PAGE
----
Weicker Assails Education Budget
Washington--Secretary of Education Terrel H. Bell, who has been defending the Reagan Administration's education budget on Capitol Hill for the past several weeks, was given a hostile reception by the new chairman of the Senate Appropriations subcommittee on education.
'A Lack of Understanding'
In a budget hearing last week, Senator Lowell P. Weicker Jr., Republican of Connecticut, chided the Secretary for what the Senator called ''a lack of understanding of the economic effect of [budget cuts] on education."
"For what's been achieved in budgetary savings since the fiscal year 1982, there's going to be a terrible cost to be paid in terms of services [to students]," Senator Weicker said.
The Secretary responded with an argument he has advanced repeatedly in his Congressional appearances: that the Administration's original fiscal 1984 budget for the Education Department was set at $9 billion, and "the President himself" intervened to increase the proposed budget to $13.2 billion.
The department's current budget, for the fiscal year 1983, is $15 billion--a level one-third higher than the Administration sought for education last year.
Senator Weicker also voiced his opposition to the Administration's proposals to return prayer to public schools, to provide tuition tax credits for private-school parents, and to distribute "education vouchers" to parents of disadvantaged children.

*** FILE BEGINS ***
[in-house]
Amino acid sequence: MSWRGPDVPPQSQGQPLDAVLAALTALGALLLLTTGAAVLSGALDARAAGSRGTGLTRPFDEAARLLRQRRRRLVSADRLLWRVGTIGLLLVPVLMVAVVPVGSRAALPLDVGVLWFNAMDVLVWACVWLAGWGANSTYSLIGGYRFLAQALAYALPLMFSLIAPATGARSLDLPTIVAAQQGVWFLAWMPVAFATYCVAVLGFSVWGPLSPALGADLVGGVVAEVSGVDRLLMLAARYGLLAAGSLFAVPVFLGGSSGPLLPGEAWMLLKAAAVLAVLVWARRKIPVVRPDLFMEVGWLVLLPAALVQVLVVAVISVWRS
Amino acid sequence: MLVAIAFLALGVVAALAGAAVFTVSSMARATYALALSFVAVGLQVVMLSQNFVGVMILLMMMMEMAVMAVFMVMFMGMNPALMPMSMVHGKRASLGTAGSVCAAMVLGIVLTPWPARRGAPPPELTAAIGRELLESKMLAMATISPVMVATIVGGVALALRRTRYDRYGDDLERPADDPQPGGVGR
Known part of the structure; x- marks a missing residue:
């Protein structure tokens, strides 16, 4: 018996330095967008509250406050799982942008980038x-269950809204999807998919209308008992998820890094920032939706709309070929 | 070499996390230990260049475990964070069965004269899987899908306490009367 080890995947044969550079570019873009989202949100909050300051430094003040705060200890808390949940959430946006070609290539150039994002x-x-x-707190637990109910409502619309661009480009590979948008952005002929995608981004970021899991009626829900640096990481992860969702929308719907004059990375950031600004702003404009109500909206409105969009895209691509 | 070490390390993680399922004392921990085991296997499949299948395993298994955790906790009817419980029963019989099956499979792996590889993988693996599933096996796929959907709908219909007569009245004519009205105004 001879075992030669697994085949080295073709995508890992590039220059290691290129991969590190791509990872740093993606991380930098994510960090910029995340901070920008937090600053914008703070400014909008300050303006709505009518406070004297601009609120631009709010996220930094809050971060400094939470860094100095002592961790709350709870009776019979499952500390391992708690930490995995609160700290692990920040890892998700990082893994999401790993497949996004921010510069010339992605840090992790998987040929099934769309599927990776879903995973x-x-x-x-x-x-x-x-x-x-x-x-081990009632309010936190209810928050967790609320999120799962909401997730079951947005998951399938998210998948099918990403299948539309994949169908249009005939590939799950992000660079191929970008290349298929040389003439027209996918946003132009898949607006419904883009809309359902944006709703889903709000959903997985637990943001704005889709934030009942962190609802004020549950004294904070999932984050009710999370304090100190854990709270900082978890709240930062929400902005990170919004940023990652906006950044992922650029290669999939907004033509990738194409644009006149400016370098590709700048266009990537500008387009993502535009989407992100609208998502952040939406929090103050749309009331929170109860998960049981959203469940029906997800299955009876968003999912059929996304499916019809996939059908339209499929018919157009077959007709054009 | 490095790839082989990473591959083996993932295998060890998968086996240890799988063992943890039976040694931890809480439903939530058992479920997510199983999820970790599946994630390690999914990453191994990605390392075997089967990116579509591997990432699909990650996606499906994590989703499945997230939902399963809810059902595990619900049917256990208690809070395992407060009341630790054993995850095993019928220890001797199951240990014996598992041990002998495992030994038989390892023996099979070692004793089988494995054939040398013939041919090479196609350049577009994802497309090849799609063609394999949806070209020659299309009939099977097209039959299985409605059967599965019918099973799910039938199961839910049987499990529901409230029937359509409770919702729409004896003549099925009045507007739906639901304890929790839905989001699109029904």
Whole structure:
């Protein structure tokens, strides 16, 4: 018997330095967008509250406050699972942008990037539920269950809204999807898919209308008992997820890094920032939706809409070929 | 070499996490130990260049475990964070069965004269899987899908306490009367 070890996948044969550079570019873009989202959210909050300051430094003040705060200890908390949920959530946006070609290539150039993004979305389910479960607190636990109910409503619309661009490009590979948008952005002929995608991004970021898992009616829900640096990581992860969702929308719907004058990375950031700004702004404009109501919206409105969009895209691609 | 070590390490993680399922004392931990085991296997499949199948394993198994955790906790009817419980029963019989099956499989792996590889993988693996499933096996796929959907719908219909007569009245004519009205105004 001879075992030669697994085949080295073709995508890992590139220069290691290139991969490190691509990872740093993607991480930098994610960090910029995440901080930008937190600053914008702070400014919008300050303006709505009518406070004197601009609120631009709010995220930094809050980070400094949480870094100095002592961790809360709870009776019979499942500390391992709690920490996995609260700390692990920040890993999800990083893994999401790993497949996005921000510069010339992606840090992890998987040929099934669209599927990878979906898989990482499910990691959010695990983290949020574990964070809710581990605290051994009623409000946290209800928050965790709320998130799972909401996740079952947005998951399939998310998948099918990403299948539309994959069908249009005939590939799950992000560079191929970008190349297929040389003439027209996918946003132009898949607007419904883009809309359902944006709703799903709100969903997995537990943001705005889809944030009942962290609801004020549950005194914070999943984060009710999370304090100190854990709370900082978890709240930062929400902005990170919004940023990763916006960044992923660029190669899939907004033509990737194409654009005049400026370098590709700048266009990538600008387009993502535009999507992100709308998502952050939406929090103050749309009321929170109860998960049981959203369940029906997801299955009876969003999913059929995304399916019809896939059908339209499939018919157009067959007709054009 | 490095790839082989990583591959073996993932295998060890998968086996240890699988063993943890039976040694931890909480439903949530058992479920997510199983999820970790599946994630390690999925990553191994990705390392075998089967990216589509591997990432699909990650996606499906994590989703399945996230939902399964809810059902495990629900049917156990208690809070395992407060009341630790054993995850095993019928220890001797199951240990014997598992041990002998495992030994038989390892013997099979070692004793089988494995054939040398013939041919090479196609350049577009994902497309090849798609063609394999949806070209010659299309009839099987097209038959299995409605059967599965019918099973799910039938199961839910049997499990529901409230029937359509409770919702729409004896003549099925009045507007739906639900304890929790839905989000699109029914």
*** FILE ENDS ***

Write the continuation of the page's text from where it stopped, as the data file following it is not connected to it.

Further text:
Members of the House Appropriations subcommittee had criticized those measures when the Secretary appeared before them earlier this month.
Senator Weicker contended that the Administration's initiatives would create "a divided society."
If the quality of public schools is inferior to that of private schools, "then my job as a U.S. senator is to see that the public-school system is brought up to standard," he said.
The ranking Democrat on the subcommittee, William Proxmire of Wisconsin, told the Secretary he "shared the views of the Administration on tuition tax credits."
$2.6-Billion Budget Increase
In another budget move, the House Education and Labor Committee has recommended a $2.6-billion budget increase for precollegiate-education programs in 1984. The committee's recommendations for the programs, which are currently funded at $6.6 billion, were sent to the House Budget Committee earlier this month.